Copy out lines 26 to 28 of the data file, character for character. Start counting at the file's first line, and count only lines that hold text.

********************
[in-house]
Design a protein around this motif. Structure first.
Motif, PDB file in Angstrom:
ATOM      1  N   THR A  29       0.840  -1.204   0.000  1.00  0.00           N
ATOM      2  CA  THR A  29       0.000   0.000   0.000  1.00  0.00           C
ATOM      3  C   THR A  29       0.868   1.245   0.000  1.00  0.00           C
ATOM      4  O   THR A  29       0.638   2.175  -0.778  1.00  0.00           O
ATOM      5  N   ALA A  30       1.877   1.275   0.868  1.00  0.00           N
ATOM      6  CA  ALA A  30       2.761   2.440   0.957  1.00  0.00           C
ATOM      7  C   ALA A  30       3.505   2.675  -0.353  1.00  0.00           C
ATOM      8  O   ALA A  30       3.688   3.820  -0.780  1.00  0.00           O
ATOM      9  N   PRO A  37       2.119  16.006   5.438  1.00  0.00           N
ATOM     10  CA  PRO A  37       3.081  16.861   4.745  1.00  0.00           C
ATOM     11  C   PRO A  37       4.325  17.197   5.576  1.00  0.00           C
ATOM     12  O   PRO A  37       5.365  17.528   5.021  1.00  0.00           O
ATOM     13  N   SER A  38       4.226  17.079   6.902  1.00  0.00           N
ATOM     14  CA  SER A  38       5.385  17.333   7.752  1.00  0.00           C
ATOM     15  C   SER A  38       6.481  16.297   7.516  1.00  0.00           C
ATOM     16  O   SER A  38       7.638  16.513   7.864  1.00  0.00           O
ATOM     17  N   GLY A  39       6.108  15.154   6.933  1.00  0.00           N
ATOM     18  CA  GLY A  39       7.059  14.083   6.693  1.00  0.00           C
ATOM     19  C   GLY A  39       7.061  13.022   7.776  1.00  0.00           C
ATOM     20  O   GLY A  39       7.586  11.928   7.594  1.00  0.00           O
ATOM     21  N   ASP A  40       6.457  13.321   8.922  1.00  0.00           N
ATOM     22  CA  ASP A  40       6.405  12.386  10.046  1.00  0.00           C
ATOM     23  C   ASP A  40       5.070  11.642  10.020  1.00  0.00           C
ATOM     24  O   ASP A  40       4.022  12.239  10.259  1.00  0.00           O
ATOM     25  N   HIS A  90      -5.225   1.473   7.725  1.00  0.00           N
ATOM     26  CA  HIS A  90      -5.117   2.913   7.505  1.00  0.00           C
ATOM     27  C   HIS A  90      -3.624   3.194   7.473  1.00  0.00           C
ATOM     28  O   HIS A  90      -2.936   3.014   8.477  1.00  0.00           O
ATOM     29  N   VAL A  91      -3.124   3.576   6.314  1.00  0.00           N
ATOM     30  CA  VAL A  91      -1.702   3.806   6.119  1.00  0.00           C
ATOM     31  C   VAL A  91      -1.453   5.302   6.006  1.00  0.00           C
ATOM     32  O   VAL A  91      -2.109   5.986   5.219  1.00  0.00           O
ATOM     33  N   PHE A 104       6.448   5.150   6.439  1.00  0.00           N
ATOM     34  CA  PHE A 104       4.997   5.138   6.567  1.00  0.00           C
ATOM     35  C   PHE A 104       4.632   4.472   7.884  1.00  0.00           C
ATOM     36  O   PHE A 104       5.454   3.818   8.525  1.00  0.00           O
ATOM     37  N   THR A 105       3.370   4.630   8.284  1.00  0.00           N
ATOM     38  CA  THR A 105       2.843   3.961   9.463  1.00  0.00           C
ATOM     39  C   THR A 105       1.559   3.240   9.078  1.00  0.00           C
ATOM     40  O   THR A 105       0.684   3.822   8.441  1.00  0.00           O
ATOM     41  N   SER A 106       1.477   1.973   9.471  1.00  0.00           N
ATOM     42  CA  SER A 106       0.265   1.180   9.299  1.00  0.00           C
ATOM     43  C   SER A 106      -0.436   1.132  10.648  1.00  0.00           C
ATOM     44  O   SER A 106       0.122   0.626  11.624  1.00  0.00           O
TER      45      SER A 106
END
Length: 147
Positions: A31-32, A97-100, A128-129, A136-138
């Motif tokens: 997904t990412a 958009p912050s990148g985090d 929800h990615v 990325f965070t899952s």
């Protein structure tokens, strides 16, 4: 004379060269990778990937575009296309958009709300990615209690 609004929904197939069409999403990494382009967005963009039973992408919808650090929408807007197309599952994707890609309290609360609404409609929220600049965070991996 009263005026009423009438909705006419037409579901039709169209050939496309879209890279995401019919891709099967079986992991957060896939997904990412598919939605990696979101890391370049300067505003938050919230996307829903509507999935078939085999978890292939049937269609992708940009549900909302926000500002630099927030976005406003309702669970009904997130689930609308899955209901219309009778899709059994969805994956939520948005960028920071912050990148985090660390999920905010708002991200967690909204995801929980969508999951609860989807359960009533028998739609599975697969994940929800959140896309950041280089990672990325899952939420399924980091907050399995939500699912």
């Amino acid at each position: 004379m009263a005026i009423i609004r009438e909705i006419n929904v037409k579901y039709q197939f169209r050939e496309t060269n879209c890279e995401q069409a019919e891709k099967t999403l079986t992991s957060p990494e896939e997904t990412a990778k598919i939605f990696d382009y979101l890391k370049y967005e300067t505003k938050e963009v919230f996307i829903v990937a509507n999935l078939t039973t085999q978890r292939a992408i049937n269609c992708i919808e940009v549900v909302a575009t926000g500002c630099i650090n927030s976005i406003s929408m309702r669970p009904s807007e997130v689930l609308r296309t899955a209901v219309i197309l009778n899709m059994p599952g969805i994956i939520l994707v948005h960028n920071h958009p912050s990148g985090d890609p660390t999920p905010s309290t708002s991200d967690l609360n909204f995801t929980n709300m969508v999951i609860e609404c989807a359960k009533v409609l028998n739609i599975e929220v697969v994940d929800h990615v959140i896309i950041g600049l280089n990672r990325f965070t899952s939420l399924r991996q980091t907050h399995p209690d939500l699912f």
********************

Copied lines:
ATOM     23  C   ASP A  40       5.070  11.642  10.020  1.00  0.00           C
ATOM     24  O   ASP A  40       4.022  12.239  10.259  1.00  0.00           O
ATOM     25  N   HIS A  90      -5.225   1.473   7.725  1.00  0.00           N